For Immediate Release: Dec. 1, 2011
Agency provides options for device designs and studies
The U.S. Food and Drug Administration today issued draft guidance designed to help investigators and manufacturers as they develop and seek approval for artificial pancreas device systems to treat type 1 diabetes.
To facilitate development of this novel product in an evolving area, the draft guidance provides flexible recommendations for design and testing that meet statutory requirements for safety and effectiveness. For example, the draft guidance provides for flexibility in choice of study endpoints, number of patients to be studied and the length of the clinical trial.
“The FDA is focused on improving the process for the study and approval of artificial pancreas systems, and developed this guidance to provide maximum flexibility to manufacturers seeking to bring this device to U.S. patients,” said Jeffrey Shuren, M.D., director of the FDA’s Center for Devices and Radiological Health. “We understand how this device could change the lives of millions of Americans with diabetes, and we want our safety and effectiveness review to give patients the confidence that the device works.”
Type 1 diabetes is a serious, chronic condition in which the pancreas produces little or no insulin, a hormone needed to properly control blood glucose (sugar) levels. People with type 1 diabetes must monitor their blood sugar using a glucose meter throughout the day, calculating how much insulin is needed to lower their blood glucose levels, and administering the necessary dose using a syringe or insulin pump to deliver insulin into subcutaneous tissue.
An artificial pancreas system does not involve synthetic or artificial tissue or organs. Instead, it combines two medical devices, an insulin pump and a continuous glucose monitor or CGM that receives information on glucose levels from a sensor placed under the patient’s skin. The pump and CGM work together, monitoring the body’s glucose levels and automatically pumping appropriate doses of insulin as determined by a computer algorithm.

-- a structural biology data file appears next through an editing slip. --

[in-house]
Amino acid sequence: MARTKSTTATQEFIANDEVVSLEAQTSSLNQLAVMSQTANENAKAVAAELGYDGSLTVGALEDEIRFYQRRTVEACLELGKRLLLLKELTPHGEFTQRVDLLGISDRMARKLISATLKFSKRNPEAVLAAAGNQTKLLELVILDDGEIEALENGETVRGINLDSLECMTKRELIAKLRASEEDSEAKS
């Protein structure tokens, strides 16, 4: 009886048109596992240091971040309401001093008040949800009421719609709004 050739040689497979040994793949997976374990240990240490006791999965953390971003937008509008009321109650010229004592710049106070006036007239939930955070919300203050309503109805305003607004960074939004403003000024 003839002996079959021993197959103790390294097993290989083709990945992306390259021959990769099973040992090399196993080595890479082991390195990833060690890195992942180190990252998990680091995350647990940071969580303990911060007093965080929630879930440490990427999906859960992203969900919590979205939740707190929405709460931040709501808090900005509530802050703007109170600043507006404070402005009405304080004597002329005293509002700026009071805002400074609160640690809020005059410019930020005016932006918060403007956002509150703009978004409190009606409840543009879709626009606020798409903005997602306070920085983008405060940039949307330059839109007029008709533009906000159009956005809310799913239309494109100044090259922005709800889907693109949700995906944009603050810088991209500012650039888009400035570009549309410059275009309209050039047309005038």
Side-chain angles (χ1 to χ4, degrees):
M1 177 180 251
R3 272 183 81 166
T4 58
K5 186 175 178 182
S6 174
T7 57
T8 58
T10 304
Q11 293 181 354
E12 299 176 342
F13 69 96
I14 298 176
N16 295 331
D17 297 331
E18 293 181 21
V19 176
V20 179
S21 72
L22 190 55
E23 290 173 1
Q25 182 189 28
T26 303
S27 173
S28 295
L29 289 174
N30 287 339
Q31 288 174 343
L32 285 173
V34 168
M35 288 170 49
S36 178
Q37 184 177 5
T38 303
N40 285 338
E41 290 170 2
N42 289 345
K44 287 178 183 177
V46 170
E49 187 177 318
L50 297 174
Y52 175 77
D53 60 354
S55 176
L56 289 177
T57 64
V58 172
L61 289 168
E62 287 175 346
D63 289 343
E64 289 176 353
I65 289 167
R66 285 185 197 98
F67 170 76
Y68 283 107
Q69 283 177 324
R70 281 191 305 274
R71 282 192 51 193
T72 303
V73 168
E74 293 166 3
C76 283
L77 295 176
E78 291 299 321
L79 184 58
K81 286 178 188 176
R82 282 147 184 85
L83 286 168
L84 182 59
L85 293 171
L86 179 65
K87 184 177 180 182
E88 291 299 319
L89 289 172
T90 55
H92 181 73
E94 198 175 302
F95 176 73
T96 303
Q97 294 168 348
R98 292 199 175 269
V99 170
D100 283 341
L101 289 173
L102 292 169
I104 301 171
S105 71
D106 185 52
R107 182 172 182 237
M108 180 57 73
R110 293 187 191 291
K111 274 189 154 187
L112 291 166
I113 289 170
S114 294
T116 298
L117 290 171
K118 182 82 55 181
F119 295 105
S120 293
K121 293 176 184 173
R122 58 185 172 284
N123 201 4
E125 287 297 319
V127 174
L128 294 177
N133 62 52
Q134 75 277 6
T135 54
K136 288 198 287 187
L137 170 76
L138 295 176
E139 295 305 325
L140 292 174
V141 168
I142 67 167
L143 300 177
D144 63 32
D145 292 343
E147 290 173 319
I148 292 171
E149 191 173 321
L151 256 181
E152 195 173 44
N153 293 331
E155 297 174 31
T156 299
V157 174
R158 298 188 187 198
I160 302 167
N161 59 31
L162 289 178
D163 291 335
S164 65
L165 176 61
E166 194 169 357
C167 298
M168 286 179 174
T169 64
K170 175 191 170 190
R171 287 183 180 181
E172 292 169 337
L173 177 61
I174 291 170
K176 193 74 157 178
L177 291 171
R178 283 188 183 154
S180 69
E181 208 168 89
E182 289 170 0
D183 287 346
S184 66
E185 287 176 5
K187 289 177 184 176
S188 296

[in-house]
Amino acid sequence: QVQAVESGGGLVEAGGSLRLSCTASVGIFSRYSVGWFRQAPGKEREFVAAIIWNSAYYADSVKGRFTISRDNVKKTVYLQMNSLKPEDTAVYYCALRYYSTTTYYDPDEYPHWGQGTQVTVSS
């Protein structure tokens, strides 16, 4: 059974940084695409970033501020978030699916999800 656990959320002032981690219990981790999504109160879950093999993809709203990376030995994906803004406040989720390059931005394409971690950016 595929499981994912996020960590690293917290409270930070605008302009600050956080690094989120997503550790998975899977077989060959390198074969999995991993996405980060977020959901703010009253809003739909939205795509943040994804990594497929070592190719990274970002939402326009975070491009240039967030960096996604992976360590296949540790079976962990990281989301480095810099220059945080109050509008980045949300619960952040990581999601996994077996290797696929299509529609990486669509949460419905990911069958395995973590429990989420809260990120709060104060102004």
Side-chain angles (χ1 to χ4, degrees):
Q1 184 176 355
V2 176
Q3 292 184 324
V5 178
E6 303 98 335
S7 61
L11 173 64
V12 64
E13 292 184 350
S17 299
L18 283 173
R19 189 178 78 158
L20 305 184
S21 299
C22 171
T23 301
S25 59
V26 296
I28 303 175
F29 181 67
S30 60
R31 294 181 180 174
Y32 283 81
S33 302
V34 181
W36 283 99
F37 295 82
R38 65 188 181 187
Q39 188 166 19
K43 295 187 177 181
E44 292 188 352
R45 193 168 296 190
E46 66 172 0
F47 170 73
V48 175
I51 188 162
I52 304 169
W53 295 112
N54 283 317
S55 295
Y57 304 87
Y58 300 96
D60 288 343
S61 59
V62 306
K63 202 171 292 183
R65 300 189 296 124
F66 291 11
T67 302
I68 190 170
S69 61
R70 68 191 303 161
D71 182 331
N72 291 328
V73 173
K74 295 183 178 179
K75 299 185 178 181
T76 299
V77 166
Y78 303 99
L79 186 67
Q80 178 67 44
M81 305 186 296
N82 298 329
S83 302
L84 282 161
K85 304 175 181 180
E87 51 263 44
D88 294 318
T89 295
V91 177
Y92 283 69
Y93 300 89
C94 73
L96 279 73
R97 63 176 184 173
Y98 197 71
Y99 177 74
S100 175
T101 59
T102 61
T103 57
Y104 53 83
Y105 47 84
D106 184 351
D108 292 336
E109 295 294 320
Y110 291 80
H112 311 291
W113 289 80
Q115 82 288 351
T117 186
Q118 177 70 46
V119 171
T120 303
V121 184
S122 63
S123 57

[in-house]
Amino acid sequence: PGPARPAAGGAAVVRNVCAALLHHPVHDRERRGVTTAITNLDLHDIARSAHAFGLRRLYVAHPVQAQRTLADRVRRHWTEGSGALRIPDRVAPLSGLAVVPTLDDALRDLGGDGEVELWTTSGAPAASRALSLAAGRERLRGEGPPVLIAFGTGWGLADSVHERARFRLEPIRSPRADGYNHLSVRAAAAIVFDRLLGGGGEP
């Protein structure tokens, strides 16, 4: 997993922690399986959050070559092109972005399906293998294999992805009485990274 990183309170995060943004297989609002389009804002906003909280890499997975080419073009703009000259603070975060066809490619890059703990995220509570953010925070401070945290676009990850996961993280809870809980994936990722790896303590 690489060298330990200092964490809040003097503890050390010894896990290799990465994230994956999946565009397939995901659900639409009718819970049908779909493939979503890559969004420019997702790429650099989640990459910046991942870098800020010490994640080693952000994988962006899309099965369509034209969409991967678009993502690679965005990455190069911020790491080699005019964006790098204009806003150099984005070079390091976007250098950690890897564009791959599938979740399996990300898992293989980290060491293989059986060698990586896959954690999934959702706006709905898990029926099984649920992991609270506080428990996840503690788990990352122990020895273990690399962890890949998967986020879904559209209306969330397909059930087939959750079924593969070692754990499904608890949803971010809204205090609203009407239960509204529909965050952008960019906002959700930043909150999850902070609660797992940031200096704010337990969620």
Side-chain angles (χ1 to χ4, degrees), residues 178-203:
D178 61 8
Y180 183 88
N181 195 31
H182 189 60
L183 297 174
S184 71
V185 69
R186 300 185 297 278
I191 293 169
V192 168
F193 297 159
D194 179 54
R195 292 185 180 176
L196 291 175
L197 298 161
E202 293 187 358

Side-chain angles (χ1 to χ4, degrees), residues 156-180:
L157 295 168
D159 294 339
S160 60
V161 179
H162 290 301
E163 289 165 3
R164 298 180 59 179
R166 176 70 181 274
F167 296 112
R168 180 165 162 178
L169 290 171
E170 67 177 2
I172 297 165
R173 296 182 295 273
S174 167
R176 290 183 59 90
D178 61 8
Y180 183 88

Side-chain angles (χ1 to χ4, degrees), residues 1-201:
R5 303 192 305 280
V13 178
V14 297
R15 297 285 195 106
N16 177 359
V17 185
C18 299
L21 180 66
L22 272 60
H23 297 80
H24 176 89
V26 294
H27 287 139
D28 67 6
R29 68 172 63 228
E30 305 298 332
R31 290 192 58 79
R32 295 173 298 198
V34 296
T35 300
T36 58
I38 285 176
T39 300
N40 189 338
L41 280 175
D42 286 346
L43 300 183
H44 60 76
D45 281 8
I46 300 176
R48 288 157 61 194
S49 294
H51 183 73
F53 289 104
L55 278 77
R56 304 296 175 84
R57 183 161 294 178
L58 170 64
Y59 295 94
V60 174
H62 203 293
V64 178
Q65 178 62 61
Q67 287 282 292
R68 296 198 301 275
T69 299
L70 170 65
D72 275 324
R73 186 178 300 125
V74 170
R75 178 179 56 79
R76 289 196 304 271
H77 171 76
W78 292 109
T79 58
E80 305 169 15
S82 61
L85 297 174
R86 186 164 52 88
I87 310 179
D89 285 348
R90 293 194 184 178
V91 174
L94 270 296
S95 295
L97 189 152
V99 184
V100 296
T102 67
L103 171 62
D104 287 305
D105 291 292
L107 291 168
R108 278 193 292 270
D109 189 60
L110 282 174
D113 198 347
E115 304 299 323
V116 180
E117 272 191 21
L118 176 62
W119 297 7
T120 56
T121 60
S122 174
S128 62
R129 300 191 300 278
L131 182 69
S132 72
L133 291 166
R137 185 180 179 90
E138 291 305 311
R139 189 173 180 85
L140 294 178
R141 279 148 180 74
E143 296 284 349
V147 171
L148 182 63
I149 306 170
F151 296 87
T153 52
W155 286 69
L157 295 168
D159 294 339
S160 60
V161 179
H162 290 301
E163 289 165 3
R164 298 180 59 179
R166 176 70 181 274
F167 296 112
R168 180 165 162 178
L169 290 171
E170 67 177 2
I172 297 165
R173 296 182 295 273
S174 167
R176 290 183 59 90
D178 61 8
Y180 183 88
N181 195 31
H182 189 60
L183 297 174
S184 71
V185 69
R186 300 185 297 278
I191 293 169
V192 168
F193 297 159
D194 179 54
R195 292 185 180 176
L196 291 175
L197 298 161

While not a cure, an artificial pancreas could reduce dangerous high and low blood sugars, providing a better quality of life for those with diabetes and lowering the risk for future diabetes-related complications.
The guidance recommends a three-phase clinical study progression so that studies may move to an outpatient setting as quickly as possible. To further streamline clinical studies, the guidance suggests ways sponsors may leverage existing safety and effectiveness data for components that may make up an artificial pancreas system, as well as data gathered from clinical studies conducted outside of the U.S.
Sponsors also have the choice of showing that the system provides glycemic control as well as standard therapies, or showing that it provides better glycemic control when compared to other therapies.
When final, the guidance will help manufacturers and investigators assemble submissions for clinical trials as well as product approval submissions.
In June, the FDA issued a draft guidance outlining the agency’s expectations about the nonclinical testing and clinical trials for a first-generation artificial pancreas system called a Low Glucose Suspend System. Such a system helps eliminate, or reduce the severity of, a dangerous drop in blood glucose levels by temporarily suspending insulin delivery when glucose levels approach a low threshold.
Today’s guidance was informed by the comments on the Low Glucose Suspend System guidance document. It addresses future generation artificial pancreas devices such as a treat-to-range system that would adjust insulin dosing if a person’s glucose level approaches a low or high threshold and a treat-to-target system that would set target glucose levels and try to achieve these levels at all times. This system would be fully automated and require no interaction from the user, except for calibration of the CGM system.
FDA will be publishing a Federal Register notice in a few days to solicit public comment on the draft guidance.
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The FDA, an agency within the U.S. Department of Health and Human Services, protects the public health by assuring the safety, effectiveness, and security of human and veterinary drugs, vaccines and other biological products for human use, and medical devices. The agency also is responsible for the safety and security of our nation’s food supply, cosmetics, dietary supplements, products that give off electronic radiation, and for regulating tobacco products.